Her fingers dance like fraught ballerinas over the keyboard and within a few minutes she has secured us two seats on a flight to Vegas that leaves in four hours. Pip thanks her profusely. I am slightly more reserved, but she has won me around nevertheless.
We find the drop-off point for our baggage. This is a stationary carousel staffed by two Hispanic men who are chatting to one another, one casually leaning a heavy boot upon somebody’s luggage in order to support his relaxed elbow. They are surrounded by a few dozen suitcases.
“Can we leave these with you?” I ask.
One of them breaks off their conversation momentarily to airily tell me to just leave them with the rest of the pile.
I convince myself that we’ll have seen the last of our luggage.
Stopping to cope with the appallingly sign-posted corridors, we nevertheless find our way to a monorail that takes us to the correct terminal for our connection. One of our fellow countrymen is regaling a family of Americans with stories of passing through Chicago. He says that this is his fourth business trip to the States, always going via Chicago, and that he now has a 100% record of missing connections. Apparently they joke about it in his office. The Americans say, “Oh my” a lot and shake their heads sadly, wondering why Obama doesn’t sort it out.
Chicago airport doesn’t improve much after the dingy convenience-free corridor that greets the weary traveller on arrival. Pip and I are hungry, and both in urgent need of a drink. A proper drink, that is. We find the only eatery selling booze. It’s over-priced rubbish, but we embrace our new surroundings and order burgers and Bud. The elderly waitress asks to see some identification, which sets our expectations for the rest of the trip. Even somebody like me who patently left their early twenties behind all-too-long ago is asked for ID everywhere that sells booze. Whilst this is tedious, I wonder if it’s preferable to the piles of vomit in British streets from binge-drinking teens who don’t know their limits? We never witness this in the US, and it’s another major plus point for their country.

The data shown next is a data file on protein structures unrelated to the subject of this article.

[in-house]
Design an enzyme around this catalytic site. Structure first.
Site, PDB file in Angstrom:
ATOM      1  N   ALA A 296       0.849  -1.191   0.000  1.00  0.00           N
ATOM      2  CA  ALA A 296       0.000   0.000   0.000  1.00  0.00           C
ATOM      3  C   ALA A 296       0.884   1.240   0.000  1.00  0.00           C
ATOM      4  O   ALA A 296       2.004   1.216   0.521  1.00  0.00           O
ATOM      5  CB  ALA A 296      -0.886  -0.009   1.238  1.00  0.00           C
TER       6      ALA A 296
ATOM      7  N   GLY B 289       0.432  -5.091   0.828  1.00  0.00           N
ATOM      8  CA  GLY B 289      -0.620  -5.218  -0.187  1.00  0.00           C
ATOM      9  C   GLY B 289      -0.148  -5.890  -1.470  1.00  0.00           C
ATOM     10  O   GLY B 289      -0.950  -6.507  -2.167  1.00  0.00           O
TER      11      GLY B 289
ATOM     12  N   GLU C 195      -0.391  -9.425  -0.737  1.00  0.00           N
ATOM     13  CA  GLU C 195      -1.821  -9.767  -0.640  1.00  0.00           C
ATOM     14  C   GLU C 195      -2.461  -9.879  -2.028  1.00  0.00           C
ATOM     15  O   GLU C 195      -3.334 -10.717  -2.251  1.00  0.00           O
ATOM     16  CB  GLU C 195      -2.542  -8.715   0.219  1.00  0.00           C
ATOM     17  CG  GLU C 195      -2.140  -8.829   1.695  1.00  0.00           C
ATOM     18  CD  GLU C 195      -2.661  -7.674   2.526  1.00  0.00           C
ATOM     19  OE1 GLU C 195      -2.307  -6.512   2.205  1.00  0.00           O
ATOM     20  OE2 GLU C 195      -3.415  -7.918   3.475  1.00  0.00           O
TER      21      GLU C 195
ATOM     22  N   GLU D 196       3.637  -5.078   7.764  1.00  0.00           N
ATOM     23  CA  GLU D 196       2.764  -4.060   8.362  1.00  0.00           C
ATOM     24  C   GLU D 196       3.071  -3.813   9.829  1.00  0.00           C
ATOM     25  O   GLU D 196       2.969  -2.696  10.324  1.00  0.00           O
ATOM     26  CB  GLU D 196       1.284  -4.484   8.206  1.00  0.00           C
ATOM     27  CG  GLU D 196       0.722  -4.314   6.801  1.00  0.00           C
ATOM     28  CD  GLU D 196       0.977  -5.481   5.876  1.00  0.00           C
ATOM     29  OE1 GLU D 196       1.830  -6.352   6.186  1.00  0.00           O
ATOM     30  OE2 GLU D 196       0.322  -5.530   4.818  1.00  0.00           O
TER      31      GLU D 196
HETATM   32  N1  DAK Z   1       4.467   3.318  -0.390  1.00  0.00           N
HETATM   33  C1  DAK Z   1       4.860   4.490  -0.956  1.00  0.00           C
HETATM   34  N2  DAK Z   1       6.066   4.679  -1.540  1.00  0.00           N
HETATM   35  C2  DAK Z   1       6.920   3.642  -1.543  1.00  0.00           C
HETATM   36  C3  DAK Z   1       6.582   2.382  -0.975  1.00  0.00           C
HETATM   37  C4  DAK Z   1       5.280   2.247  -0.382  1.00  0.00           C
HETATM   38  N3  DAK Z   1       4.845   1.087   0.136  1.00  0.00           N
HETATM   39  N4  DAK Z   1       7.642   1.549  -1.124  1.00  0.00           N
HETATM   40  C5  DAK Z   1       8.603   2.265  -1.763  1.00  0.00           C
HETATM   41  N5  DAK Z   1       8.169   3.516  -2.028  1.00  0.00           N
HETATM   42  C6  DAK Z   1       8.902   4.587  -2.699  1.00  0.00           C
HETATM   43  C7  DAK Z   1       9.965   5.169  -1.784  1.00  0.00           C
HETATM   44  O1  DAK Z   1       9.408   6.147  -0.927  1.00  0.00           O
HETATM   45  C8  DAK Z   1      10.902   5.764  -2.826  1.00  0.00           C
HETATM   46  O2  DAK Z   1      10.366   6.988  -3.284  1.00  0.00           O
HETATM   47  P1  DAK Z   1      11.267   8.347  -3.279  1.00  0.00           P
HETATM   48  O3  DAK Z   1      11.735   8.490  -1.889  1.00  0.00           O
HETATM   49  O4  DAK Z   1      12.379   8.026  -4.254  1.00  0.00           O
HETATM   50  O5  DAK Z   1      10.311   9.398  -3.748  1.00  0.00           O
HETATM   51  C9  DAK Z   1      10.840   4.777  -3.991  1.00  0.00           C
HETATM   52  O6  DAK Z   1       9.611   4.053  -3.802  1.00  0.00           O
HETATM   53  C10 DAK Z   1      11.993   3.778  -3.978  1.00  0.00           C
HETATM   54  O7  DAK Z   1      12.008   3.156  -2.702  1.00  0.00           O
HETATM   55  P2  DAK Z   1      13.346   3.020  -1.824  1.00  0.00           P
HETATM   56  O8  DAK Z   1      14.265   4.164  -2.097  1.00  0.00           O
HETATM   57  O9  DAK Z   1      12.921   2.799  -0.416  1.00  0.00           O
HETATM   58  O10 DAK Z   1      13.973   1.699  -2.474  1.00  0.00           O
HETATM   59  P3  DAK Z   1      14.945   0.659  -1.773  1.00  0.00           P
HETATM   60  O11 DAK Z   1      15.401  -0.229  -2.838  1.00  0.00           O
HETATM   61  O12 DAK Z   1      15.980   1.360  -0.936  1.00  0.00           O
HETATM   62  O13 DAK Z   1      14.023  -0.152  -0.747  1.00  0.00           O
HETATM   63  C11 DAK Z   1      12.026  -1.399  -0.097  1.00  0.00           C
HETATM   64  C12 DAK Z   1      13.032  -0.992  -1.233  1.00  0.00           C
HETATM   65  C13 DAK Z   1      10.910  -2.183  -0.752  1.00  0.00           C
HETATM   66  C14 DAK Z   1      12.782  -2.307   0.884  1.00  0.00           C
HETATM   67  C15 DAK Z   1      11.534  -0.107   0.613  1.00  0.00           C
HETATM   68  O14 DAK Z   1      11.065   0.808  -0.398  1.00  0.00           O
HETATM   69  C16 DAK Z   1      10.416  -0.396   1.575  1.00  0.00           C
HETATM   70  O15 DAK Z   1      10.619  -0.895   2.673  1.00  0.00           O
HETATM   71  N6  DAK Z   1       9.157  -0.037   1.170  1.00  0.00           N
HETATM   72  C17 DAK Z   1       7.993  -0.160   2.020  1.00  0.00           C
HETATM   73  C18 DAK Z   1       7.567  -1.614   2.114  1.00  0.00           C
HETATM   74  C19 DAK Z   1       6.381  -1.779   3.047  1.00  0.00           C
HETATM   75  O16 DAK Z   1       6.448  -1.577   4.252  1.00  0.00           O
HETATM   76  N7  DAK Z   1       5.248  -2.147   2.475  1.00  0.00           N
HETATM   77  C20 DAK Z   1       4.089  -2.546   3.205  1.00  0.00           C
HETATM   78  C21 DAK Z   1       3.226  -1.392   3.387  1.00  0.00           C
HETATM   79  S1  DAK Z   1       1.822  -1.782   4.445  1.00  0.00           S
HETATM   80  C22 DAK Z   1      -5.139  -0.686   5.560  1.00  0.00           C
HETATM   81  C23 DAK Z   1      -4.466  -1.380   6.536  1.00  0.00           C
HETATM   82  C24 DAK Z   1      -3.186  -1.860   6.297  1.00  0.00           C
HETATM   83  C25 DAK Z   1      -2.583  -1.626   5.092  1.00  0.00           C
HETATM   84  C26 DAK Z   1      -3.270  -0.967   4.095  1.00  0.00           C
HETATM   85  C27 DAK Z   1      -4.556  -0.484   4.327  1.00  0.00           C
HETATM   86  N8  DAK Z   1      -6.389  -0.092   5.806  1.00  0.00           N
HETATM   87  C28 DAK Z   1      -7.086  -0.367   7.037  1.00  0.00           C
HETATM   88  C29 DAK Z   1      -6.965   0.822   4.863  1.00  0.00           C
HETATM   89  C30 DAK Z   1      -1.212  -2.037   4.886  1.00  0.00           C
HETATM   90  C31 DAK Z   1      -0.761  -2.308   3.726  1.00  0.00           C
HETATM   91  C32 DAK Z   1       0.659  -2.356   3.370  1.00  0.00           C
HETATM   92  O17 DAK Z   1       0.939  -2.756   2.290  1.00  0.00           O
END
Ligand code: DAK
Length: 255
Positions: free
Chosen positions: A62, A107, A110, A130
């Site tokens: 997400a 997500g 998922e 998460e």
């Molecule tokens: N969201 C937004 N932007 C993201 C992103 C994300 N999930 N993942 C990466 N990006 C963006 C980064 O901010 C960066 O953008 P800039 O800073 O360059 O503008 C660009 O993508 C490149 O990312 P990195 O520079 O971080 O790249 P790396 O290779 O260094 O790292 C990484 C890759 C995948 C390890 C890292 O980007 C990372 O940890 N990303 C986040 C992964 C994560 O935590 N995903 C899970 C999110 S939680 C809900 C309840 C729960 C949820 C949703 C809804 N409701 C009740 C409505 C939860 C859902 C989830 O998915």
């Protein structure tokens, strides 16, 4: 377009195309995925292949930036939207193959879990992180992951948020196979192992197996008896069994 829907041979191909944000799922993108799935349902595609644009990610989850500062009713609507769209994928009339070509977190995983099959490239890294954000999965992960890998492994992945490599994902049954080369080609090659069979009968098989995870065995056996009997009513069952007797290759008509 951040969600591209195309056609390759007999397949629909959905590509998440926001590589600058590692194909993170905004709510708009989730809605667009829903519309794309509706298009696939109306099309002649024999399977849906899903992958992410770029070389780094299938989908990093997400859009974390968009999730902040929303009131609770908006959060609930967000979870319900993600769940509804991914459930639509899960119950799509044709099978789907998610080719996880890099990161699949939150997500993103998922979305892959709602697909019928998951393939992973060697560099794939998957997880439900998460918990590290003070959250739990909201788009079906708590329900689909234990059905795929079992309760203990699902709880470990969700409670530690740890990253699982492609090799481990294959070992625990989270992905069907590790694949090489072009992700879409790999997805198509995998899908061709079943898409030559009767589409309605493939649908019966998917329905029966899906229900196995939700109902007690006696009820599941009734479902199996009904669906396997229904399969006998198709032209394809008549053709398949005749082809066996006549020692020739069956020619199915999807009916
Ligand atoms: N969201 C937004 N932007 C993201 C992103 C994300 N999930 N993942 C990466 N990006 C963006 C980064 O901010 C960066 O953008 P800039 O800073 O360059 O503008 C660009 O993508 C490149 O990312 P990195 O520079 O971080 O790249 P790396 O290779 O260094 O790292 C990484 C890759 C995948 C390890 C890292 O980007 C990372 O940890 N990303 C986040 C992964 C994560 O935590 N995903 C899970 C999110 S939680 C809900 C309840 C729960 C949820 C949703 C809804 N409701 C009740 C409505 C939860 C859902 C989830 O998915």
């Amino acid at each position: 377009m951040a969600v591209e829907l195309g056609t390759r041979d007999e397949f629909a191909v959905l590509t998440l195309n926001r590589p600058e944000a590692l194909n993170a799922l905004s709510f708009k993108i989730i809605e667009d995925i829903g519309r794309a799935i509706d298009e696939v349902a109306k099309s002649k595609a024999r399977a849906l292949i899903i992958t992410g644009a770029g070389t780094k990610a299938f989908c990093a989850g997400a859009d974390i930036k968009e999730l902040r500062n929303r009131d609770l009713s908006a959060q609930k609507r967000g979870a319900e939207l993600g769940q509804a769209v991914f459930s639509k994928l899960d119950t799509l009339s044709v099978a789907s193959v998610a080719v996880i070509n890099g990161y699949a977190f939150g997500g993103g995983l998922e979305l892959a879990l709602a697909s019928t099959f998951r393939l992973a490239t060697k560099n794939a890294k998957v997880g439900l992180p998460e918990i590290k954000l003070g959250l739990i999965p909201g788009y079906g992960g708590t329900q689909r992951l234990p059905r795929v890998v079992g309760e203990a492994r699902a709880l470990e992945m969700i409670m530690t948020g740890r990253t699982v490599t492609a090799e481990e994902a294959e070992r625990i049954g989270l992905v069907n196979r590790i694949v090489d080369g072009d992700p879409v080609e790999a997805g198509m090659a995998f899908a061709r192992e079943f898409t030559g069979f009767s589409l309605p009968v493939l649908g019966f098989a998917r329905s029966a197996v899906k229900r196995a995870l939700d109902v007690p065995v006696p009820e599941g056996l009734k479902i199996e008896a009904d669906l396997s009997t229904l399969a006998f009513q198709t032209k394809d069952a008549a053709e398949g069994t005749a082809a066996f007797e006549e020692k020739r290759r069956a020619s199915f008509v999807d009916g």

Our drinks arrive promptly and our burgers five minutes later. I ask our waitress for another Bud the moment the food arrives, and she can’t restrain a flickeringly judgemental look. I feel like explaining that we’re British, and we’re all practicing alcoholics, but I’m too tired to banter. She brings it.
The burger is HUGE. If the quantity of meat is many degrees in magnitude greater than the anaemic portions we’re used to, I’m even more impressed by the pickled gherkin, where a few tiny slivers in the UK are replaced by a full gherkin halved in the US. One of the benefits of eating with Pip is that unwanted tomato, lettuce and gherkin is deposited onto my plate, and we devour our first meal in the US. It’s standard junk food, but it tastes amazing, and the second pint almost alleviates my dour mood.
I’ve gone into my happy place by now, and don’t recall much about the connection, except that it’s a cramped and bumpy flight which I manage to sleep through. Concerns that we’ll have to traverse customs again in Vegas prove unfounded. Our baggage arrives on the carousel within minutes, much to my amazement, and in a surprisingly small shed of an airport we’re at liberty to leave. Thriftily, we take a $7 shuttle bus to our hotel rather than a vastly more expensive cab. Bill’s Gamblin’ Hall And Saloon, our home for the next four days, turns out to be one of the first stops, and we wearily climb out of the bus and check in four hours later than scheduled.
“We’ll still have to charge you for the day,” the receptionist tells us with apologetic eyes. I fully intend to make good use of the bed, so find no reason to argue the toss.
It’s one of the smaller hotels on the strip, containing only (only!) four hundred or so rooms. The mahogany-coloured veneers are appealing to the eye, and even the rattle of an ancient (if still effective) air conditioning unit and the busy streets outside that bustle with nightlife aren’t enough to cause us any worry. We’ve made it!
We airily wonder about unpacking a few essentials then heading downstairs for a nightcap. Neither of us has much idea what time it is or even what day it is.
Instead, we sleep.
Tuesday 25th September 2012